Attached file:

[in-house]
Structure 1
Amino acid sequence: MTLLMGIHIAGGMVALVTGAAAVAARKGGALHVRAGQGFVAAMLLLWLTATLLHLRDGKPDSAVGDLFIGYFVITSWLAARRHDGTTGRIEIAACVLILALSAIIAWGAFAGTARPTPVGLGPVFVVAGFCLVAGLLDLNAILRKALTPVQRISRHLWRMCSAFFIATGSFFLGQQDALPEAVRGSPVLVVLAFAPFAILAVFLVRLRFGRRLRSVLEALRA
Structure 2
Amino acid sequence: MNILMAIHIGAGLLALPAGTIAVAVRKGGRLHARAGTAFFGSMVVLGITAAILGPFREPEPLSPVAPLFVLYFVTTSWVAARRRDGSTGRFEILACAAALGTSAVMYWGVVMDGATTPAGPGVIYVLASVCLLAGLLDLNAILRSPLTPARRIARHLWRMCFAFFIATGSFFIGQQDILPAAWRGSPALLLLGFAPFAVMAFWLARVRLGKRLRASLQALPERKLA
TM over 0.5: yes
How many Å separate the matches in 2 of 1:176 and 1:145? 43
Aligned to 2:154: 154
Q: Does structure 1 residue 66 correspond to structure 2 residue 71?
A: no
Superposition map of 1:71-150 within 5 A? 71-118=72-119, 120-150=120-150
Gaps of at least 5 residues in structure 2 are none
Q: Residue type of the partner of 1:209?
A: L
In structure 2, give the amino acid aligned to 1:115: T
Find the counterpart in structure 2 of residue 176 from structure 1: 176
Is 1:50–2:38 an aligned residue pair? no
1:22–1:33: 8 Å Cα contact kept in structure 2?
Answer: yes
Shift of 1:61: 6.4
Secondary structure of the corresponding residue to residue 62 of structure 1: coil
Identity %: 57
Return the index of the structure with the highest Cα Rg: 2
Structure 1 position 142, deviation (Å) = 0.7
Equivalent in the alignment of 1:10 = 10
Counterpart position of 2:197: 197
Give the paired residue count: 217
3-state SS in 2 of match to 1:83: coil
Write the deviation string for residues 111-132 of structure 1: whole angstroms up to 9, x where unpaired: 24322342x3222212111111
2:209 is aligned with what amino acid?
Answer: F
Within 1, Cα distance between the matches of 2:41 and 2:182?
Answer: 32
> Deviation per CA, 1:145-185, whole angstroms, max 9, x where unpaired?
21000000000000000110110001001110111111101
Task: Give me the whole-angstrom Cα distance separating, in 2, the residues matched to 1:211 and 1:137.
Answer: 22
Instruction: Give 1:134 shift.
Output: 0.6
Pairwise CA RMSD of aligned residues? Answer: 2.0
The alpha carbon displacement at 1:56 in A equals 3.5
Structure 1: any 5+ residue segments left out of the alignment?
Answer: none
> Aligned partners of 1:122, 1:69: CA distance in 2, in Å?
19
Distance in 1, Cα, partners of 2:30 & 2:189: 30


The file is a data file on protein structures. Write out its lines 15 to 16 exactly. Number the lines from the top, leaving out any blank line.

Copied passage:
In structure 2, give the amino acid aligned to 1:115: T
Find the counterpart in structure 2 of residue 176 from structure 1: 176